O divine Spirit of Fortitude! take full possession of our souls, and keep us from the effeminacies of the age we live in. Never was there such lack of energy as now, never was the worldly spirit more rife, never was sensuality more unbridled, never were pride and independence more the fashion of the world. So forgotten and unheeded are the maxims of the Gospel, that when we witness the Fortitude of self-restraint and abnegation, we are as surprised as though we beheld a prodigy. O Holy Paraclete! preserve us from this anti-christian spirit, which is so easily imbibed! Suffer us to present to thee, in the form of prayer, the advice given by St. Paul to the Christians of Ephesus: Give us, we beseech thee, " the armour of God, that we may be able to resist in the evil day, and to stand in all things perfect. Gird our reins with truth; arm us with the breast-plate of justice; let our feet be shod with the love and practice of the Gospel of peace; give us the shield of Faith, wherewith we may be able to extinguish all the fiery darts of the most wicked one; cover us with the helmet of the hope of salvation; put into our hand the spiritual sword, which is the Word of God, (Eph. vi. 11-17)" and by which we, as did our Jesus in the Desert, may defeat all our enemies! O Spirit of Fortitude! hear, we beseech thee, and grant our prayer!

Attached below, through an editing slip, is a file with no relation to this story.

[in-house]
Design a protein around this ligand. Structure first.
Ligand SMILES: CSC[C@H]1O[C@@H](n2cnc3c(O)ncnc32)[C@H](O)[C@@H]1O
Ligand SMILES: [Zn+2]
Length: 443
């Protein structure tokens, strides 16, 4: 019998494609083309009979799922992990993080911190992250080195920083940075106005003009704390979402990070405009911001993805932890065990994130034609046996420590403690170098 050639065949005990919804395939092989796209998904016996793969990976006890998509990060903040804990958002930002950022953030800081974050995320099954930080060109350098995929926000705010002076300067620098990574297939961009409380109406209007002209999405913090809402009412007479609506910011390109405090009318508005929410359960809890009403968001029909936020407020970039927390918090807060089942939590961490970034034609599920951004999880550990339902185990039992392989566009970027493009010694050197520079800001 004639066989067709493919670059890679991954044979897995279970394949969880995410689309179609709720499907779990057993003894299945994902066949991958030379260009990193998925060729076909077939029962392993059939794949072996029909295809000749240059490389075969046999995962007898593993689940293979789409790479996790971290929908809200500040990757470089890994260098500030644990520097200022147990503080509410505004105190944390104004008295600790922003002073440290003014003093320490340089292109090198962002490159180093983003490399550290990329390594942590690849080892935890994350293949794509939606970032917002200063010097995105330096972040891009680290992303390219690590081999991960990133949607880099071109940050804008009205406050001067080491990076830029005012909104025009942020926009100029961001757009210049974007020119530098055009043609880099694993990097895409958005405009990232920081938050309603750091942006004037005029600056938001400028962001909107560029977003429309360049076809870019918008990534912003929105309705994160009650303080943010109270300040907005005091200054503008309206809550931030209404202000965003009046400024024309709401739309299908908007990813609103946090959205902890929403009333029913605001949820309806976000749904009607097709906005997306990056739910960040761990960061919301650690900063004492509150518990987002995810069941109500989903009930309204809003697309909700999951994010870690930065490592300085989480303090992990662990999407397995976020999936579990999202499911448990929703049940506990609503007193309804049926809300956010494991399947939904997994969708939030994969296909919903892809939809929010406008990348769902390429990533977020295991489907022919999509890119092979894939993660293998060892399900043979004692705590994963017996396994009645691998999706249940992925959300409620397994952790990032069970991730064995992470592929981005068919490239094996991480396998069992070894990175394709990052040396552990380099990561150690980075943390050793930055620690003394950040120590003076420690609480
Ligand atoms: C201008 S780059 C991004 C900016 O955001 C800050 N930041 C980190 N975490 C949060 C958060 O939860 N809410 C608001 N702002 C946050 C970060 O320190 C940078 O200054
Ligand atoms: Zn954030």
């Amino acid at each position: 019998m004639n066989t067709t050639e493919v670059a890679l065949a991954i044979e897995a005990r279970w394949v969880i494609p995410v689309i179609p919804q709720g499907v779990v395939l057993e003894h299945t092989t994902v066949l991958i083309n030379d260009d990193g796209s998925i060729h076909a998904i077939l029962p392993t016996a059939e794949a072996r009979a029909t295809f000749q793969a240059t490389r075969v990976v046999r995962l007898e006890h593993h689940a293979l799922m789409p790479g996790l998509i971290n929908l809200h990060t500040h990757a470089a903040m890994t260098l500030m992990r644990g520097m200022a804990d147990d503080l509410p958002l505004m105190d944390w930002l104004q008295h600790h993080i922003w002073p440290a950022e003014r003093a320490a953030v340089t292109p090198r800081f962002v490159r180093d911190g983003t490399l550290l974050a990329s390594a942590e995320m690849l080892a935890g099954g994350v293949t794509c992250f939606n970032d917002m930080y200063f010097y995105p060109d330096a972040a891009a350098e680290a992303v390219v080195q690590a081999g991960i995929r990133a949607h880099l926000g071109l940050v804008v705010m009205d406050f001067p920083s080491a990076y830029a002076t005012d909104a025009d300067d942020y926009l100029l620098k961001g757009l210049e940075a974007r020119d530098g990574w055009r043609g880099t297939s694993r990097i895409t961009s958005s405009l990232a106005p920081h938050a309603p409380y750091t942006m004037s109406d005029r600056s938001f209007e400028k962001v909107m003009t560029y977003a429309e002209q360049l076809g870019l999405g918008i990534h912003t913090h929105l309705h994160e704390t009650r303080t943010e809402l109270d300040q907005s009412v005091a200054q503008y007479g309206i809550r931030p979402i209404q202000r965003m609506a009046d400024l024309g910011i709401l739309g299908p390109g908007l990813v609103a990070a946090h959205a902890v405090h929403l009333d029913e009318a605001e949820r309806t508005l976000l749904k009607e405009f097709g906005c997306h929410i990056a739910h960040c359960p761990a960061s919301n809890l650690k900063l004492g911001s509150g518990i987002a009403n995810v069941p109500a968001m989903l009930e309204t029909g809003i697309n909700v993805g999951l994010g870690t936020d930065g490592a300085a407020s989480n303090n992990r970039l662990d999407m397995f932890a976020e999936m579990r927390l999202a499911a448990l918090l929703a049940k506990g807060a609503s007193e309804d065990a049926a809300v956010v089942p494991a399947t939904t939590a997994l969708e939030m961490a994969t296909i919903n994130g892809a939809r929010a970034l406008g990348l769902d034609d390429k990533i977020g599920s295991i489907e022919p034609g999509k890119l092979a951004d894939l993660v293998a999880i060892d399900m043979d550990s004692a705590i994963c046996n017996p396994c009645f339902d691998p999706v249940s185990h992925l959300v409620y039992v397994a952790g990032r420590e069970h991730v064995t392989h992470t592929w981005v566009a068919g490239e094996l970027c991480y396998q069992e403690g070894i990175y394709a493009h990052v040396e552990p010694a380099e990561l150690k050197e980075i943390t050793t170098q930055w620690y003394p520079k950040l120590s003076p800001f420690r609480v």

The Gift of Counsel

We have seen how necessary for the sanctification of a Christian is the gift of Fortitude; but it is not sufficient; there is need of another gift, which completes it. This other gift is Counsel. Fortitude needs direction. The gift of Knowledge is not the guide of Fortitude, and for this reason, that Knowledge teaches the soul her last end, and gives her general rules for her conduct; but it does not bring her light sufficient for the special application of God's law to particular cases, and for the practical doing our duty. In those varied circumstances in which we are to be placed, and in the decisions we must then form, we shall have to hearken to the voice of the Holy Ghost, and this voice speaks to us through the gift of Counsel. It will tell us, if we are attentive to its speaking, what we must do and what we must not do, what we must say and what we must not say, what we may keep and what we must give up. The Holy Ghost acts upon our understanding by the gift of Counsel, as He acts upon our will by the gift of Fortitude.